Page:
People's Democracy

(Weekly Organ of the Communist Party of India (Marxist)


Vol. XXXIII

No. 26

June 28, 2009

JAMMU & KASHMIR

 

Tackling Kashmir Issue Needs a Multipronged Approach

 

Mohammad Yousuf Tarigami spoke to G Mamatha of the Peopleís Democracy after meeting  the prime minister on June 22, 2009. The following are the excerpts from the talk.

IN his first meeting with the prime minister after the 15th Lok Sabha elections, M Y Tarigami exchanged views on the present situation in Jammu and Kashmir. He suggested to the prime minister that with the change in the situation and large turnout of people in the assembly and parliament elections, there is an opportunity for taking bold initiatives.

A strong message of seriousness and sincerity has to be sent to the people of Kashmir who feel disillusioned as the promises made to them were never implemented. The changed scenario demands that certain confidence building measures are taken and a meaningful and result oriented dialogue is initiated with all shades of opinion including those outside the democratic framework. Frequent arrests and detentions of political leaders must be stopped. We believe that democratic rights and civil liberties must be protected at every level.

A vicious cycle of terror and counter terror has been going on for the last two decades in the state. It has taken a huge toll of human lives and has resulted in the destruction of property in a big way. This cycle has to be put an end to. Time has come to reduce the size of disproportionate presence of security forces without further delay. Civilian properties occupied by the security forces and the army need to be vacated, forthwith, as the level of violence has come down considerably.

The prime minister had, a few years ago, constituted an eight-member committee consisting, among others, of officials from the centre and state and from security forces, on the question of troop withdrawal or gradual reduction of forces. Nothing was heard of this committee, thereafter.

To restore peace in the state and protect human life and dignity, the draconian Armed Forces Special Powers Act (AFSPA) must be withdrawn from Jammu and Kashmir. As the atmosphere is progressively becoming conducive for such an initiative, the situation calls for such steps to infuse confidence.

Tarigami recalled that the Justice B P Jeevan Reddy Commission was constituted to study and report to the government of India about the Armed Forces (Special Powers) Act 1958. In its report in 2005, the commission had proposed the repeal of the act. The prime ministerís working group, headed by none other than current vice president Hamid Ansari, had also asked for annulment of this law. But the government of India, especially the mome ministry, did nothing to concede to the demand. The second Administrative Reforms Commission, headed by the present law minister Verappa Moily, also recommended the repeal of the act.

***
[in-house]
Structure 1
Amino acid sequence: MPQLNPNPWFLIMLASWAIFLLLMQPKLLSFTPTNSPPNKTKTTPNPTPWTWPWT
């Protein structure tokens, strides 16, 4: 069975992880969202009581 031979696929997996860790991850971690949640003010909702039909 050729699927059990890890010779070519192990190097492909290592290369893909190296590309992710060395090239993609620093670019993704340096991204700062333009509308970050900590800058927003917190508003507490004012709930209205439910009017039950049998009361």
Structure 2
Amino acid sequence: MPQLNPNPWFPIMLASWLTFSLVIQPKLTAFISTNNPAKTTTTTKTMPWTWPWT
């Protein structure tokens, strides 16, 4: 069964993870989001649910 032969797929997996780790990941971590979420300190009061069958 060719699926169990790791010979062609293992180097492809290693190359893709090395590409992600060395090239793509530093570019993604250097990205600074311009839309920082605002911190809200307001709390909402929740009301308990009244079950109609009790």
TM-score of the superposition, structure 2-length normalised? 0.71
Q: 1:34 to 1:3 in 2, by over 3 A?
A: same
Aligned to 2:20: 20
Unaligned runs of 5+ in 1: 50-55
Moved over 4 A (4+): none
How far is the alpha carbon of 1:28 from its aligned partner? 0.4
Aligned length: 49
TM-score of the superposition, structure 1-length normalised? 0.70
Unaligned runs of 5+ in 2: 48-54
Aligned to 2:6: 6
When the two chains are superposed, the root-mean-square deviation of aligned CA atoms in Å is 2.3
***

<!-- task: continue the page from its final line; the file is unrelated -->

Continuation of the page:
Despite the fact that the people are disillusioned with the ongoing violence, the level of their alienation has not come down. It is unrealistic to think of permanent peace in the state unless measures are taken to settle the political issues. There is no readymade solution to such a vexed problem as Kashmir but, whatever the solution, it has to come out through a process of dialogue with Pakistan as well as a dialogue with all shades of opinion in the state --- a dialogue which must be result oriented and time bound. Time has come to give up reliance on administrative measures and open some genuine political channels.

Unfortunate incidents of gross human rights violations have to be stopped and incidents like Shopian, where two women were raped and killed, have to be investigated thoroughly, and the culprits identified and punished.

Confidence in institutions has no doubt come down. Measures are required to improve the confidence and make the functioning of the institutions transparent and accountable, in order to overcome this situation.

Kashmir being a complex problem and a real national concern, the prime minister must take initiatives to build a consensus. Keeping in view the sensitiveness of the issue, this cannot be left to one political party. No attempt must be made to use it in narrow partisan interests.

Tarigami suggested the following measures to the government of India on the Kashmir issue:

1) The process of dialogue has to be initiated with all the stake holders in the state. For that, an environment of confidence has to be created.

2) There must be reduction in the size and strength of the troops deployed for internal security in the state, without further delay.

3) There must be immediate withdrawal of the Armed Forces (Special Powers) Act 1958.

4) The government must constitute an independent agency to investigate and prosecute the cases of human rights violations committed by the law enforcing agencies.

5) There must be implementation of the recommendations made by the working groups, without any further delay.